Foundations of Photography: Composition

Critiquing the foreground and background assignment


Foundations of Photography: Composition

with Ben Long

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Video: Critiquing the foreground and background assignment

Connie Imboden: Are we ready to start? Ben Long: We are ready to start. Connie: Okay, so does this fulfill the assignment? I love these tires. Okay so--but what's the relationship, the foreground-background relationship? Female Speaker: Just an obvious continuation of the form. Female Speaker 2: There's a repeating shape Could it be the rocks in the background? Connie: Yeah, I am wondering. I'm wondering if there is potential with this little guy up here and this guy here. I'm not sure.
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  1. 12m 4s
    1. Welcome
      1m 47s
    2. Using this course
      7m 27s
    3. What you need to know
      2m 50s
  2. 2m 47s
    1. What is composition?
      2m 1s
    2. All form, all the time
  3. 12m 34s
    1. How your camera is not like your eye
      2m 52s
    2. Looking vs. seeing
      2m 25s
    3. Vision and attention
      2m 13s
    4. Dynamic range
      1m 59s
    5. Seeing exercises
      3m 5s
  4. 36m 48s
    1. What all good compositions have
      1m 8s
    2. Subject and background
      3m 5s
    3. Balance
      7m 20s
    4. Point of view
      3m 22s
    5. Simplicity
      2m 59s
    6. Finding and capturing a good photo
      2m 11s
    7. Working the shot: Why one is never enough
      6m 41s
    8. Practicing
      3m 24s
    9. Why black and white?
      2m 21s
    10. Exercise: Practicing the fundamentals with points
      4m 17s
  5. 41m 48s
    1. Lines
      7m 7s
    2. Analyzing lines
      6m 35s
    3. Exploring a town
      4m 7s
    4. The Franklin Hotel
      2m 7s
    5. Shapes
      10m 13s
    6. Repetition: Arranging the elements
      1m 37s
    7. Rule of threes
      1m 36s
    8. Perspective
      1m 47s
    9. Symmetry
      1m 10s
    10. Focal length, camera position, and depth
      2m 27s
    11. Intersections
      1m 41s
    12. Exercise: Practicing fundamentals with geometry
      1m 21s
  6. 10m 38s
    1. Working a shot, revisited
      3m 21s
    2. Understanding the photographic impulse
      2m 58s
    3. Warming up
      2m 16s
    4. Exercise: Get your feet moving
      2m 3s
  7. 35m 7s
    1. Thirds: How rectangular frames are weighted
      2m 20s
    2. Tonal balance
      3m 52s
    3. Content balance
      1m 20s
    4. Squares: Weighting the corners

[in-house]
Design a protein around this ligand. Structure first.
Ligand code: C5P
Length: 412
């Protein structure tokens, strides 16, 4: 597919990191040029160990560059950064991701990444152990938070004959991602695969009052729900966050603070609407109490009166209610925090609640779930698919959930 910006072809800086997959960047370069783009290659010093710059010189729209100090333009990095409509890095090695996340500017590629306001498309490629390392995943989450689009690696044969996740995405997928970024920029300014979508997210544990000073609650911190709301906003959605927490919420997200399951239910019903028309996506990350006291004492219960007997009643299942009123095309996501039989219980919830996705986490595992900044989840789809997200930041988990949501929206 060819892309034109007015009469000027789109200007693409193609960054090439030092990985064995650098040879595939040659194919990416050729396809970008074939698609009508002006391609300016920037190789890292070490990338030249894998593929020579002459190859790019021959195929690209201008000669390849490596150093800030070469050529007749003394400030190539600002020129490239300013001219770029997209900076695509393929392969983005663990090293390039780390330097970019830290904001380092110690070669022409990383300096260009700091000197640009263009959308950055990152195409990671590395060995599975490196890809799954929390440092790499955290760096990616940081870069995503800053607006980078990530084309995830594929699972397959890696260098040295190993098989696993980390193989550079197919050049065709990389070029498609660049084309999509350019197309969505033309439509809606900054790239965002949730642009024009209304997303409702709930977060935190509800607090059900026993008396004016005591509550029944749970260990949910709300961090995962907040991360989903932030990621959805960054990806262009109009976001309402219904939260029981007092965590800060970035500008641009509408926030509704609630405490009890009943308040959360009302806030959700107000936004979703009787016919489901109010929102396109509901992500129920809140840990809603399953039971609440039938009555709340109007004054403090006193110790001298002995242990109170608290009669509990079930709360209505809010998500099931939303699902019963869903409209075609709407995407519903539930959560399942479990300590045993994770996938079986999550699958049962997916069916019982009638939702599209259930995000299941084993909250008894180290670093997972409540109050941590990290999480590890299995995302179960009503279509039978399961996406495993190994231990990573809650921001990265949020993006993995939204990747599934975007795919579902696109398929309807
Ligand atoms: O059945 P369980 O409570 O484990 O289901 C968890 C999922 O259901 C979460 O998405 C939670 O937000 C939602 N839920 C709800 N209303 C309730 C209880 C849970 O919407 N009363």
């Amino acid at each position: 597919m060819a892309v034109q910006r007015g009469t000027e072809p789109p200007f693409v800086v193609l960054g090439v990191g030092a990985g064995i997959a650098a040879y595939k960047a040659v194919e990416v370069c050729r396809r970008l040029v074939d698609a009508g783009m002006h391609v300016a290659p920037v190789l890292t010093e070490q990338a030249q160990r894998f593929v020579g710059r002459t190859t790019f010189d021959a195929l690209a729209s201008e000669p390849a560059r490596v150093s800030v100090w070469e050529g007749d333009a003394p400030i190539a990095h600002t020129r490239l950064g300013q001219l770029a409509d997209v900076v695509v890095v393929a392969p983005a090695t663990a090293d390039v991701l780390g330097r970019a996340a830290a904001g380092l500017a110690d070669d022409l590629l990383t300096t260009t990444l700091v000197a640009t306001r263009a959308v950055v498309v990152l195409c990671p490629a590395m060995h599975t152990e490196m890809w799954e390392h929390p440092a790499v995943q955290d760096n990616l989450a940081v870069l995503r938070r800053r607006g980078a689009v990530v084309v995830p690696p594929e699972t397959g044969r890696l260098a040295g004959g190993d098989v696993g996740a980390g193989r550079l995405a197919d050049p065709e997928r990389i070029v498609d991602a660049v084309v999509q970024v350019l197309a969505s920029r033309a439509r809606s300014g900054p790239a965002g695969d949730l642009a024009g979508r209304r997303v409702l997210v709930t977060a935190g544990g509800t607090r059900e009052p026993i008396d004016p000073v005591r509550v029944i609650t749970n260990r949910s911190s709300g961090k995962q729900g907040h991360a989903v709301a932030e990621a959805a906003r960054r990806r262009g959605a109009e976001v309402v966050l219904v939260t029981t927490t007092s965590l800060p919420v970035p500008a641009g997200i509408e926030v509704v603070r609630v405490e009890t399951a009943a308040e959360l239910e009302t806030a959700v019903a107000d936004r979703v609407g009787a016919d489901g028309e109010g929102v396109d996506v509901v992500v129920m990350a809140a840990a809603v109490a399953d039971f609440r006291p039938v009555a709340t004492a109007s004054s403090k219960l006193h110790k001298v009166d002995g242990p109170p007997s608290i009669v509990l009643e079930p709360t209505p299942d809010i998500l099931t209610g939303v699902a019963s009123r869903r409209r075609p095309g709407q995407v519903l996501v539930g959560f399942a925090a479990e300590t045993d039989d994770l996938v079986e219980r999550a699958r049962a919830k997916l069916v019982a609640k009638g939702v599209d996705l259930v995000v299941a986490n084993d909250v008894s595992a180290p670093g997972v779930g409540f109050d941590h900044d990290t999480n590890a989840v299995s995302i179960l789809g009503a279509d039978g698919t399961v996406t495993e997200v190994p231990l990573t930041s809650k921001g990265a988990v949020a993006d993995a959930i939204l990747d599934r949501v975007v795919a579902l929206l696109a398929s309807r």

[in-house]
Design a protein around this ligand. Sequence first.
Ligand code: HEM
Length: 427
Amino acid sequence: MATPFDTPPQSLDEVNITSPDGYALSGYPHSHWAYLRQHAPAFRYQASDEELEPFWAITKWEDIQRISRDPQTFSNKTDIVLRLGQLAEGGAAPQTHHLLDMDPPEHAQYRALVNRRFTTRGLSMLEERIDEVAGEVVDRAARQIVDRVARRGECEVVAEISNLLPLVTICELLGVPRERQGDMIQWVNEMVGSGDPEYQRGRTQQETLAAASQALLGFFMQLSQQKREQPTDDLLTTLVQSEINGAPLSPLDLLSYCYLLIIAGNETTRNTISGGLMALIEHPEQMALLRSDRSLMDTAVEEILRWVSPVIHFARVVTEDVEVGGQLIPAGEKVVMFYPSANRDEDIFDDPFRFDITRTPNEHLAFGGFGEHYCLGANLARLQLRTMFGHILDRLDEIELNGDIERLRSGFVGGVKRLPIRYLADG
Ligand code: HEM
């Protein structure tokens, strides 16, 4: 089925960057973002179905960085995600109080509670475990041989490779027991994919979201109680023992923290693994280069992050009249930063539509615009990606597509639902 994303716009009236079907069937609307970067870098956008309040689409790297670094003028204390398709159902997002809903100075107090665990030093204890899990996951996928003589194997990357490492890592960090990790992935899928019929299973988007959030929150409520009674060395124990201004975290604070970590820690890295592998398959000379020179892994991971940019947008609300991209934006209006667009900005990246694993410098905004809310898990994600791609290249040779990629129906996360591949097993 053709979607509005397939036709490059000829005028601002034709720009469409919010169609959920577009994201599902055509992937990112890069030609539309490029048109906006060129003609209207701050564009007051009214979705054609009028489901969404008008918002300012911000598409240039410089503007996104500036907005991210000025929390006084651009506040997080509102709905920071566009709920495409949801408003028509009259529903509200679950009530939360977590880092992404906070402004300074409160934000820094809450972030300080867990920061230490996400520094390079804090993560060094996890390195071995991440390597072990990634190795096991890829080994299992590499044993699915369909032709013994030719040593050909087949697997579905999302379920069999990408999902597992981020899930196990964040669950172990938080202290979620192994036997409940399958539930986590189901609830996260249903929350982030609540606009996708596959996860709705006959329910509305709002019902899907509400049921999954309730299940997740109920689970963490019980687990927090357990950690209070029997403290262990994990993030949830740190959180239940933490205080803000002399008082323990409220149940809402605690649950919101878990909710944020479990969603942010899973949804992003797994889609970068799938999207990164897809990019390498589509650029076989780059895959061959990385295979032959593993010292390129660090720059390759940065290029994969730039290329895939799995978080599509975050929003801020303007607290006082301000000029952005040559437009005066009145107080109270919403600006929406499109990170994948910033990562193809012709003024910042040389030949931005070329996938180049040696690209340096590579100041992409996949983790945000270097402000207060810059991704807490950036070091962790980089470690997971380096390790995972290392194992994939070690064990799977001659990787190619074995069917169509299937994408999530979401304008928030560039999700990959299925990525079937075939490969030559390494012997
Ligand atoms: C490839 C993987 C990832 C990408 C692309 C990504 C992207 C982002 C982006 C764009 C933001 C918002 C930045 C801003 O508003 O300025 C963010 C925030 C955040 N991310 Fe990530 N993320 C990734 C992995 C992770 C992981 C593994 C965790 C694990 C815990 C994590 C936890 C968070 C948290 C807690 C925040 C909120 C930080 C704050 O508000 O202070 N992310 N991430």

2m 24s
    5. Composing people
      3m 42s
    6. Composing landscapes
      3m 53s
    7. Sometimes you can't get the shot
      1m 12s
    8. Practicing thirds with points and geometry
      1m 45s
    9. Practicing squares with points and geometry
      1m 12s
    10. Image analysis: The work of Steve Simon
      13m 27s
  8. 19m 6s
    1. It's the light
      1m 50s
    2. Direction of light
      8m 30s
    3. Texture
      2m 7s
    4. Shadows and negative space
      1m 19s
    5. Exposure concerns
      2m 44s
    6. Keeping one eye on post
    7. Light as subject
      1m 38s
  9. 18m 59s
    1. Introducing the workshop location and instructors
      1m 2s
    2. Assignment: Finding light
      5m 17s
    3. Shooting the light
      3m 14s
    4. Critiquing the light assignment
      9m 26s
  10. 22m 11s
    1. The basics of color
      1m 4s
    2. When to shoot color
      3m 56s
    3. How to shoot color
      2m 47s
    4. Practicing color composition
      1m 4s
    5. Image analysis: The work of Paul Taggart
      13m 20s
  11. 16m 48s
    1. Entry and exit
      5m 41s
    2. Framing
      2m 17s
    3. Examining the composition of this set
      2m 28s
    4. Narrative
      1m 55s
    5. When the scene doesn't fit in the frame
      3m 13s
    6. Guiding the viewer's eye
      1m 14s
  12. 13m 36s
    1. Assignment: Foreground and background
      3m 4s
    2. Shooting foreground and background relationships
      2m 19s
    3. Critiquing the foreground and background assignment
      8m 13s
  13. 34m 24s
    1. Planes
      5m 13s
    2. Controlling depth
      4m 54s
    3. Juxtaposition
      2m 58s
    4. Fear
      4m 3s
    5. Layers
    6. Image analysis: The work of Connie Imboden
      16m 21s
  14. 41m 21s
    1. Recomposing an image with the Crop tool
      7m 23s
    2. Resizing an image
      8m 9s
    3. Tone
      8m 54s
    4. Altering the perspective in Photoshop
      4m 38s
    5. Changing composition through retouching
      6m 16s
    6. Vignetting to drive attention
      6m 1s
  15. 10m 22s
    1. Workshop wrap-up and exhibition
      3m 13s
    2. Workshop students' final thoughts
      7m 9s
  16. 1m 0s
    1. Final thoughts
      1m 0s

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Watch the Online Video Course Foundations of Photography: Composition